Anyone who is a virtual or actual friend of mine knows that we have a dog, Izzy — a 7 year old boxer that we’ve had for 6 years. (Ok, let’s just be honest: she has us.) Why? Coz I’ve posted a pick or two of her over the years.
She’s cute, what can I say?
Last night, seated in the living room, it occurred to me what a great illustration she provides of how we can talk about structure — as in social structure — and agency, and doing so in a way that doesn’t emphasize the one to the exclusion of the other, as if we are all mindlessly determined by forces larger than ourselves, on the one hand, or, on the other, as if we are all following our bliss and freely inventing ourselves every moment of the day. For it is surely somewhere in the middle, no? As I’ve said on plenty of other occasions, none of us invented the grammar that was pounded into us as children but, in the midst of using it, we can tweak it too — ain’t that right? And if we’re successful in the tweaking, then those who come after us will think that’s just one more of the rules they ought to be following.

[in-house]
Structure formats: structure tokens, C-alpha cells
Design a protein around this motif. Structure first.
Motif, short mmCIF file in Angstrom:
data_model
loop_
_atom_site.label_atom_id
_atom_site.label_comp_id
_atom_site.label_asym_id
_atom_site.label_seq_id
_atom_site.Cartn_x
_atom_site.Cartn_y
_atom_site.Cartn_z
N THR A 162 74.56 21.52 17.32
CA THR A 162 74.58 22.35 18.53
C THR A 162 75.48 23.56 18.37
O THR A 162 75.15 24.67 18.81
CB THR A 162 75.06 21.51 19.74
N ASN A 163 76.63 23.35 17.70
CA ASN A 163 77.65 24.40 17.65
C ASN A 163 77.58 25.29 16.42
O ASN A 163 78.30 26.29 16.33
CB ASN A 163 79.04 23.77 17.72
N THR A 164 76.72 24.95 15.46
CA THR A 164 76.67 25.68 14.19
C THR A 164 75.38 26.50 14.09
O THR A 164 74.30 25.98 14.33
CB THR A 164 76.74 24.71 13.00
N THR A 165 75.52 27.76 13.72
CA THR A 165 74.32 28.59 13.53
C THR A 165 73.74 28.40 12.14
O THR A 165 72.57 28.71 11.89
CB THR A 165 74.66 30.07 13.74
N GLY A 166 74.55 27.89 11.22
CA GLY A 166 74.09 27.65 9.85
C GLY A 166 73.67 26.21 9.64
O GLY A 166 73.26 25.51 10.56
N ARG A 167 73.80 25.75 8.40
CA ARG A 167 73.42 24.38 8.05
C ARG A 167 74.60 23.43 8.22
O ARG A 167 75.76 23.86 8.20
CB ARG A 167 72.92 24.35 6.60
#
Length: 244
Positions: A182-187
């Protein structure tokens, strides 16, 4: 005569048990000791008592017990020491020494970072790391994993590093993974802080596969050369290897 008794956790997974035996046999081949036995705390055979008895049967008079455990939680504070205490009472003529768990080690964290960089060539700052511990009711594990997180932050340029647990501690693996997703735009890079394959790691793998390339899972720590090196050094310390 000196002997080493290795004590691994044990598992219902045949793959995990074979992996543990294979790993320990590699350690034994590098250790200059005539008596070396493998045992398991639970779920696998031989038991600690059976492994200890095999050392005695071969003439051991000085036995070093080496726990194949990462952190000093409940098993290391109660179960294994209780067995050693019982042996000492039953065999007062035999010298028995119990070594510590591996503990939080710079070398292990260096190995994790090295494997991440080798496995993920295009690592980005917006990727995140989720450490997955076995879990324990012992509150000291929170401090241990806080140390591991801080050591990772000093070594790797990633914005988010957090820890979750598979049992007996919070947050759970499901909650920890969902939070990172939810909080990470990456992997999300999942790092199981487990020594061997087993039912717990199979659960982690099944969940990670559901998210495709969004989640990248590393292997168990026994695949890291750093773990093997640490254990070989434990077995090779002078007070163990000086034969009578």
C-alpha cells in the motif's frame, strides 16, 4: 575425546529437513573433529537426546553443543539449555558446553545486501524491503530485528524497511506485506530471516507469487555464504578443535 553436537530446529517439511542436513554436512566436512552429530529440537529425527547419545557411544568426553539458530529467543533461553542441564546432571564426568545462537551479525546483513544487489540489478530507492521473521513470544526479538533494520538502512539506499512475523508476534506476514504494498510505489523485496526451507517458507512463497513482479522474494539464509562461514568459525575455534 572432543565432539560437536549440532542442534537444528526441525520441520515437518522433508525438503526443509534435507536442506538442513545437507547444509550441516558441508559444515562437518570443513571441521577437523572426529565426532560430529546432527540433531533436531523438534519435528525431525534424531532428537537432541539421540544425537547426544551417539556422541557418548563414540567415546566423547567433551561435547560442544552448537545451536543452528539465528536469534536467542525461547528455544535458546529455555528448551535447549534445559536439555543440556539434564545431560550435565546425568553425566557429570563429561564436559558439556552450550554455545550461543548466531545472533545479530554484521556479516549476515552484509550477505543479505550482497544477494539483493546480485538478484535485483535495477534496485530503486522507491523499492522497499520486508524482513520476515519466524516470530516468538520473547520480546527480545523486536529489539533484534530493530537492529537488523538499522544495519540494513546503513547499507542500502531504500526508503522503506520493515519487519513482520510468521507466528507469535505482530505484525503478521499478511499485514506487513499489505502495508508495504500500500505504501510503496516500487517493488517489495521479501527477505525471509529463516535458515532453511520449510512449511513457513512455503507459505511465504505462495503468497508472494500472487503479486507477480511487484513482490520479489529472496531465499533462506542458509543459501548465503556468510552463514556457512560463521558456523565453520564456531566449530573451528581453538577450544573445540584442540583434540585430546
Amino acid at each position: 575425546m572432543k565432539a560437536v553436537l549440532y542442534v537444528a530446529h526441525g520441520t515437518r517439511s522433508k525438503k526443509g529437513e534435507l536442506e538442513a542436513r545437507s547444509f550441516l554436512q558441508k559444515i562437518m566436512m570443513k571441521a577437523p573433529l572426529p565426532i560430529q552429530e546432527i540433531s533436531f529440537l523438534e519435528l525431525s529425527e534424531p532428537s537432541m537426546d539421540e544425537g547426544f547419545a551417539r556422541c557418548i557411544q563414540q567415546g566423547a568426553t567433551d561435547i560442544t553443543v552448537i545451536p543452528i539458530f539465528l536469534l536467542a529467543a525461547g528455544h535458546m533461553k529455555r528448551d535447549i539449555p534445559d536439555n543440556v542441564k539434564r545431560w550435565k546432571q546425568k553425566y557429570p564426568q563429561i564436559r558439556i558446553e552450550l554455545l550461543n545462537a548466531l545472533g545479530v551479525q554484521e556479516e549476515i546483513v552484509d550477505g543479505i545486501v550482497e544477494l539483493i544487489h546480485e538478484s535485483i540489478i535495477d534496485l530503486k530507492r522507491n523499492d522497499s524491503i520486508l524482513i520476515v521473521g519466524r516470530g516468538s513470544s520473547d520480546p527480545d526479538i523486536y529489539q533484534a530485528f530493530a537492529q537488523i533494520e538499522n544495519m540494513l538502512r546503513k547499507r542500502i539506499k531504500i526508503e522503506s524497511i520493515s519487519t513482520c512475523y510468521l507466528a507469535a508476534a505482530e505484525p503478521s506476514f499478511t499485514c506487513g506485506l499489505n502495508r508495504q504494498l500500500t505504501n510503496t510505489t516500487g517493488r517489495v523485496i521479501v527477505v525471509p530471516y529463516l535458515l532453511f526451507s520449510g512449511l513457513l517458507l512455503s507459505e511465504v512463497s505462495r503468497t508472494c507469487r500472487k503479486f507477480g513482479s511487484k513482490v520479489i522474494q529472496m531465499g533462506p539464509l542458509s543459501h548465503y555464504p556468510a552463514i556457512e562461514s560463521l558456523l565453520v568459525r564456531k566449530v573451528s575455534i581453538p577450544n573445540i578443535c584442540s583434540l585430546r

“Backstory” is a series that asks the REL Faculty to tell us a little bit about themselves, to explore how they became interested in the academic study of religion and their own specialty, elaborating on their current work both within and outside the University.
Where are you from?
I was born in Port Colborne, Ontario, in Canada, not far from Buffalo, NY, actually, in a region that is called southern Ontario. It’s both an industrial and a farming region—lots of grapes for wines being grown along the shore of Lake Ontario, about 45 minutes north of where I was from, which was on the north shore of Lake Erie—I could see Pennsylvania on the other side. And lots of heavy industry, like car manufacturing and steel mills, though not as much as when I was a kid. Now, tourism is probably as big as the manufacturing industry once was. There was a canal cutting through my town, which lakers took so they didn’t have to go over Niagara Falls when going to and from the ocean—good thinking. Continue reading →